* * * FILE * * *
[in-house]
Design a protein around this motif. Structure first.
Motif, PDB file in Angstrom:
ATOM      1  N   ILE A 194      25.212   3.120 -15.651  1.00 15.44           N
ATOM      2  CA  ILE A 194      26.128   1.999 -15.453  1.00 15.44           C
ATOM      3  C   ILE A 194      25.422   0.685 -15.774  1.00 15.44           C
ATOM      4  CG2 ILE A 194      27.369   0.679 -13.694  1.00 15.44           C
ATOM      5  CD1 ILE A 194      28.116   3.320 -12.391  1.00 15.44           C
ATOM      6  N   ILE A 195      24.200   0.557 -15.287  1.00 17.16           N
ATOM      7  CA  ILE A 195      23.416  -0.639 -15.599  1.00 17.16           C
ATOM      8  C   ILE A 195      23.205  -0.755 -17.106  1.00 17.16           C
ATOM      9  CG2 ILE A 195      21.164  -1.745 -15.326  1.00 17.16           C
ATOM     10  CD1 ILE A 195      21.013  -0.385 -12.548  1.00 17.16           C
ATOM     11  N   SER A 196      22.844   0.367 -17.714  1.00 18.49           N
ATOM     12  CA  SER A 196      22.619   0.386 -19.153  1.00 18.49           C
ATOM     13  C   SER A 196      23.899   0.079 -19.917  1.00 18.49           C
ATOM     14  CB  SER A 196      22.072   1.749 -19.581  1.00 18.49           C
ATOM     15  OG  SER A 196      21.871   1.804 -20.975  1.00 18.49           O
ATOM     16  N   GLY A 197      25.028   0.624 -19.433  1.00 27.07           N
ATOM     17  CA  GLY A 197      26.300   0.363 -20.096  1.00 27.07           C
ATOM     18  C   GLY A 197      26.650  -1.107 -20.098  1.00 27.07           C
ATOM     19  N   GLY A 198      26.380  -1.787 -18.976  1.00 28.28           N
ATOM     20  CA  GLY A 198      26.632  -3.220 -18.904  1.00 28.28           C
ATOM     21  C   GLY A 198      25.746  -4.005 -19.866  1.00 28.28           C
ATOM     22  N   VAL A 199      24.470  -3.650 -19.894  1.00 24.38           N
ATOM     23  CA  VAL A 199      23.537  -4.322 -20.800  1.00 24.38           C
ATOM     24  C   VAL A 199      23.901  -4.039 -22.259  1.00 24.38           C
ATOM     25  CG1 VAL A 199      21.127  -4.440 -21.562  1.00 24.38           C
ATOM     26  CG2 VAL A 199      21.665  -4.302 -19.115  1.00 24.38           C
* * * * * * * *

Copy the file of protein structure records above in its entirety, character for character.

[in-house]
Design a protein around this motif. Structure first.
Motif, PDB file in Angstrom:
ATOM      1  N   ILE A 194      25.212   3.120 -15.651  1.00 15.44           N
ATOM      2  CA  ILE A 194      26.128   1.999 -15.453  1.00 15.44           C
ATOM      3  C   ILE A 194      25.422   0.685 -15.774  1.00 15.44           C
ATOM      4  CG2 ILE A 194      27.369   0.679 -13.694  1.00 15.44           C
ATOM      5  CD1 ILE A 194      28.116   3.320 -12.391  1.00 15.44           C
ATOM      6  N   ILE A 195      24.200   0.557 -15.287  1.00 17.16           N
ATOM      7  CA  ILE A 195      23.416  -0.639 -15.599  1.00 17.16           C
ATOM      8  C   ILE A 195      23.205  -0.755 -17.106  1.00 17.16           C
ATOM      9  CG2 ILE A 195      21.164  -1.745 -15.326  1.00 17.16           C
ATOM     10  CD1 ILE A 195      21.013  -0.385 -12.548  1.00 17.16           C
ATOM     11  N   SER A 196      22.844   0.367 -17.714  1.00 18.49           N
ATOM     12  CA  SER A 196      22.619   0.386 -19.153  1.00 18.49           C
ATOM     13  C   SER A 196      23.899   0.079 -19.917  1.00 18.49           C
ATOM     14  CB  SER A 196      22.072   1.749 -19.581  1.00 18.49           C
ATOM     15  OG  SER A 196      21.871   1.804 -20.975  1.00 18.49           O
ATOM     16  N   GLY A 197      25.028   0.624 -19.433  1.00 27.07           N
ATOM     17  CA  GLY A 197      26.300   0.363 -20.096  1.00 27.07           C
ATOM     18  C   GLY A 197      26.650  -1.107 -20.098  1.00 27.07           C
ATOM     19  N   GLY A 198      26.380  -1.787 -18.976  1.00 28.28           N
ATOM     20  CA  GLY A 198      26.632  -3.220 -18.904  1.00 28.28           C
ATOM     21  C   GLY A 198      25.746  -4.005 -19.866  1.00 28.28           C
ATOM     22  N   VAL A 199      24.470  -3.650 -19.894  1.00 24.38           N
ATOM     23  CA  VAL A 199      23.537  -4.322 -20.800  1.00 24.38           C
ATOM     24  C   VAL A 199      23.901  -4.039 -22.259  1.00 24.38           C
ATOM     25  CG1 VAL A 199      21.127  -4.440 -21.562  1.00 24.38           C
ATOM     26  CG2 VAL A 199      21.665  -4.302 -19.115  1.00 24.38           C